Blackpaint

4th April 2019

 

 

 

 

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Blackpaint 501- Dress Like Hepworth, Swear like Swearengen

June 28, 2015

Barbara Hepworth; Sculpture for a Modern World. Tate Britain 

The first thing to say about this is how small it feels.  There are seven areas shown in the map of the exhibition, but it actually feels like about four rooms.  In the first, there are a number of small works by her contemporaries as well as Hepworth ; John Skeaping, Epstein, Gaudier – Brzeska, Eric Gill, some of which are as good or better than hers.  I love the larger pair of doves by Epstein, with their deadpan expressions and pointed bills; then there’s the yellow cats, Skeaping I think, and Gill’s “Eve”.  There are also a number of beautifully smooth eggs and cylinders, assemblages of spheres and cuboids that cry out to be felt – which is, no doubt, why they are under glass.

 

Doves 1914-15 Sir Jacob Epstein 1880-1959 Purchased 1973 http://www.tate.org.uk/art/work/T01820

Epstein’s Doves

There is a room which is dominated by the paintings of Ben Nicholson, a succession of dreary Picasso-like black heads – maybe I’ve seen too much Nicholson of late – and those works of Hepworth’s that are strung with wires, like the ones by Naum Gabo (and I think Henry Moore did some too – did they all have the same idea at the same time?).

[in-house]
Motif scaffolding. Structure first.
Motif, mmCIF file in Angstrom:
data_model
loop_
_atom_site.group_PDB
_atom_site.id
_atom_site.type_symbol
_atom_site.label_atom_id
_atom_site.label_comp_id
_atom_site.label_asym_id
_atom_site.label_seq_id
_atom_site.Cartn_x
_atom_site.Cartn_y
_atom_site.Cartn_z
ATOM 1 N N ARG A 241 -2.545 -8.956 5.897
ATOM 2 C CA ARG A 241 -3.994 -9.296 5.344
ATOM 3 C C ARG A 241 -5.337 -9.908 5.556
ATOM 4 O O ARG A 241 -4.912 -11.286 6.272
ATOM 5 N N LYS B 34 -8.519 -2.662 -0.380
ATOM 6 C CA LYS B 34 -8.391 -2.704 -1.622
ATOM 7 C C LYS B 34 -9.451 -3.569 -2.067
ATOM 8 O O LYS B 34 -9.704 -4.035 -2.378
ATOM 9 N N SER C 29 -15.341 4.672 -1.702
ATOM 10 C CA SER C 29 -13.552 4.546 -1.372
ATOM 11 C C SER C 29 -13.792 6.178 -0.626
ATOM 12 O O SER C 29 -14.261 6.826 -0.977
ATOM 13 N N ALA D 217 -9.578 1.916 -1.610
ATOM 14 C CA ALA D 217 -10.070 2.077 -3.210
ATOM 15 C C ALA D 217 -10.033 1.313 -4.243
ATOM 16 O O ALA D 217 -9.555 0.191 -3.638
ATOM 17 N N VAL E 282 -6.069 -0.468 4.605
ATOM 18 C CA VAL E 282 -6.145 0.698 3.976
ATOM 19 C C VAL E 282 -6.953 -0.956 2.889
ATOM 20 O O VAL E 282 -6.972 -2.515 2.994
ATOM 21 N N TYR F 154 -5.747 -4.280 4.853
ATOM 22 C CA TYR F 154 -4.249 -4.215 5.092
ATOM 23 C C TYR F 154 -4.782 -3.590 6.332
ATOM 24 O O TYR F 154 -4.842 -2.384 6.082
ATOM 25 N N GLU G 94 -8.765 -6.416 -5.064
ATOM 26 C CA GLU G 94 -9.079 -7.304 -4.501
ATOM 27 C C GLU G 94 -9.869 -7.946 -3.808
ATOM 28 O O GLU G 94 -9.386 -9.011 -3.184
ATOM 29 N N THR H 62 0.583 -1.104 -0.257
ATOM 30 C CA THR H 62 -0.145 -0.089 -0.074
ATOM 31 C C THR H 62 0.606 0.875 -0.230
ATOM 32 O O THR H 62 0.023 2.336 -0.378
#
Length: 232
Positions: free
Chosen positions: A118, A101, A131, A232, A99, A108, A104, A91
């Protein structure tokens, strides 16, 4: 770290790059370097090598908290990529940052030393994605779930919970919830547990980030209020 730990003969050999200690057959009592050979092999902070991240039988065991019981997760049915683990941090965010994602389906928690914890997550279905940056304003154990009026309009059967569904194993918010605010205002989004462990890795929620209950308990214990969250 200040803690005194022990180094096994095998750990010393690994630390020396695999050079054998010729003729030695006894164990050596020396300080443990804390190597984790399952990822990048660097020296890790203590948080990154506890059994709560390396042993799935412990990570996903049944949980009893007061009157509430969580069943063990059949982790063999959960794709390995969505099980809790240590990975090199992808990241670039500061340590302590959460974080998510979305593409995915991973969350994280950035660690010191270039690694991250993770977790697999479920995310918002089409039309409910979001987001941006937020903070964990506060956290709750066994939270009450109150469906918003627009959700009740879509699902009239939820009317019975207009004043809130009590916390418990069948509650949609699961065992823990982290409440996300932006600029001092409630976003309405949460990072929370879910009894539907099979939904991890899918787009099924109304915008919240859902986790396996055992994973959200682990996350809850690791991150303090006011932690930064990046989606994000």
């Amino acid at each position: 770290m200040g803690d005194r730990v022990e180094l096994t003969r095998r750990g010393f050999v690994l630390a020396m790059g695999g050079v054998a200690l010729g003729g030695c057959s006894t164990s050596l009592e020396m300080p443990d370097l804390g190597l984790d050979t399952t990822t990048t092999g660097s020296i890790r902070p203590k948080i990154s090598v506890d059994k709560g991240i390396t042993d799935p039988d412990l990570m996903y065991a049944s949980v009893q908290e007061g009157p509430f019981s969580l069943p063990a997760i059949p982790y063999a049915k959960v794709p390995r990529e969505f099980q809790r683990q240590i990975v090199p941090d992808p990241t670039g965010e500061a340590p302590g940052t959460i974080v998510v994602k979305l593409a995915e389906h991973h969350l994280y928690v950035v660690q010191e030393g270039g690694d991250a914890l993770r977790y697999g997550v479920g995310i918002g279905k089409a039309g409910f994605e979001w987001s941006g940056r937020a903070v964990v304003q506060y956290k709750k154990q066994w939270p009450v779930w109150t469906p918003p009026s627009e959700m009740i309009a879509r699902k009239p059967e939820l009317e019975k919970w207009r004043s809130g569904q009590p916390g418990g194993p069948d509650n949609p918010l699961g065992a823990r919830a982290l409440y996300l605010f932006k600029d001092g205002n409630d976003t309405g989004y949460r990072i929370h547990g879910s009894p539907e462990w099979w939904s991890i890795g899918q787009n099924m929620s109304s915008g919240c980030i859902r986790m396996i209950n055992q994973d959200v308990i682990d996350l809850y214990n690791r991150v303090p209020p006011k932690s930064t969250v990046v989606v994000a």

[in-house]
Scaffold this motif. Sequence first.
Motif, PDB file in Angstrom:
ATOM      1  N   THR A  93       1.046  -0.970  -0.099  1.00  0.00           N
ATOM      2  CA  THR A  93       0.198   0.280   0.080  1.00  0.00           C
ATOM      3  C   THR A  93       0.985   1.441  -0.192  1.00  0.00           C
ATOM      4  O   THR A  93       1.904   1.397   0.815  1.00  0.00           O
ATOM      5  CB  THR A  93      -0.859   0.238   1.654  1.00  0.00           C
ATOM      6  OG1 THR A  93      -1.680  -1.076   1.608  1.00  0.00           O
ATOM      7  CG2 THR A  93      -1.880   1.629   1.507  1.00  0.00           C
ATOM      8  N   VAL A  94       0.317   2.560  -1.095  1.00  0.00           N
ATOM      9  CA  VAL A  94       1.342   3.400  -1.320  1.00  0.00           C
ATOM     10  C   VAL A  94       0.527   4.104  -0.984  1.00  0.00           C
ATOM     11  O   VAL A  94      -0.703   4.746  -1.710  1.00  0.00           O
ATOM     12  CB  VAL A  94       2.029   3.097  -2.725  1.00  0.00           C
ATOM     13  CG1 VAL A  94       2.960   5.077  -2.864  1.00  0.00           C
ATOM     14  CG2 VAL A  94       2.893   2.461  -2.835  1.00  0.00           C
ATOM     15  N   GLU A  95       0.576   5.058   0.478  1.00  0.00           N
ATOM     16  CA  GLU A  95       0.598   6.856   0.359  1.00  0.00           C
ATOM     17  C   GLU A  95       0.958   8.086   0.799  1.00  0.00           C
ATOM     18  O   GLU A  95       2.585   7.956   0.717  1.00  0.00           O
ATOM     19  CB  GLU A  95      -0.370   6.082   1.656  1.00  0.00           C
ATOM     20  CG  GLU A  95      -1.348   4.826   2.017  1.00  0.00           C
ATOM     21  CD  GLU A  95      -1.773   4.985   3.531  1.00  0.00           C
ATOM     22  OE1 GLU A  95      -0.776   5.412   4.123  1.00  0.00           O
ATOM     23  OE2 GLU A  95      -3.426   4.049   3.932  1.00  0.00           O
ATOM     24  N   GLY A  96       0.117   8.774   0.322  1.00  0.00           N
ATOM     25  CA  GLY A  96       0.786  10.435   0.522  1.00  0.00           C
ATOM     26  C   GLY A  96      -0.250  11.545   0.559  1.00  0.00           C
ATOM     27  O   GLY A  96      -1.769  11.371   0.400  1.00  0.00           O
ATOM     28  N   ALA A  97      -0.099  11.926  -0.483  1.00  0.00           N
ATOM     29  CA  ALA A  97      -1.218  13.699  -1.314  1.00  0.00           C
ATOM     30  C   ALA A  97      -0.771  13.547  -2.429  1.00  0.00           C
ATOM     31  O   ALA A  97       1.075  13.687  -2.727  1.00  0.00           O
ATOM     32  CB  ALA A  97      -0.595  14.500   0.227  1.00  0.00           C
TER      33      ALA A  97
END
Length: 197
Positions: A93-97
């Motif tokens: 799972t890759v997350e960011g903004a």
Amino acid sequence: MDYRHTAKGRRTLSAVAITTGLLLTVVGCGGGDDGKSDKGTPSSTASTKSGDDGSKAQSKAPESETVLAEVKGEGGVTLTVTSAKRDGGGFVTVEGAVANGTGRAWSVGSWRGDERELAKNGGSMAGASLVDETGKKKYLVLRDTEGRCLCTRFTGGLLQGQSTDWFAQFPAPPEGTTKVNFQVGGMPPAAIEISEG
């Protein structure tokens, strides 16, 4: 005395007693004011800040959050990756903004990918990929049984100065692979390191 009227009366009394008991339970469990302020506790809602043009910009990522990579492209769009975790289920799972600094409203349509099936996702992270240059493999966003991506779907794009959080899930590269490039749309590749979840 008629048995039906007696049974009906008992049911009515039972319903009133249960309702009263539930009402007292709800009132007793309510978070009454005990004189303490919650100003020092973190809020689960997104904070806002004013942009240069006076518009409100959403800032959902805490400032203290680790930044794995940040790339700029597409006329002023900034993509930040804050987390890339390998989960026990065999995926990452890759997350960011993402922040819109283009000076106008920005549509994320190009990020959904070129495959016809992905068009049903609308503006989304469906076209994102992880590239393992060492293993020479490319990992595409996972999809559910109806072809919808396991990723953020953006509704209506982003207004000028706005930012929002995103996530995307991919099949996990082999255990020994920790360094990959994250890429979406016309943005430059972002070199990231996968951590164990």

Then, there are the interlocking segments of burnished wood, like so many pieces of classy furniture from the 50s; you wouldn’t be surprised to find the nutty wood cocooning a radio or radiogram.  A couple of breeze block walls  with greening metal pieces hidden round corners, as if reproducing the effect of the pieces in her garden at St Ives.

The exhibition ends rather suddenly – it took us about 40 minutes to go round the lot.

Sculpture with Colour (Deep Blue and Red) 1940 Dame Barbara Hepworth 1903-1975 Presented by the executors of the artist's estate 1980 http://www.tate.org.uk/art/work/T03133

Sculpture with Colour (Deep Blue and Red) Hepworth

There are a number of purchasing opportunities, prints, scarves, pottery and a range of Hepworth-inspired clothing: a duffle jacket and a sort of canvas/linen shirt for sculpting in, so you can dress like her as you hack at the marble in your back garden, cigarette in mouth, drink on the table.

RA Summer Show (again)

A few more names and works to look out for:

Phyllida Barlow – a sculpture actually made of wood, that looks like rough old square-cut concrete conduit chunks stuck together; looks great in the context of more refined pieces, shying away from it in horror.

John Carter – brightly coloured plaques with small window-like notches cut into them; like walls of some North African fortress.

Phillip King – two small, colourful abstract drawings, in the corner next to his sculptural assemblage (I think the lop-sided window shape with the neon would make a good piece on its own, separated from the rest of the dreck he has attached it to; it would be like an early Martial Raysse).

 

Guston at Timothy Taylor Gallery

guston tt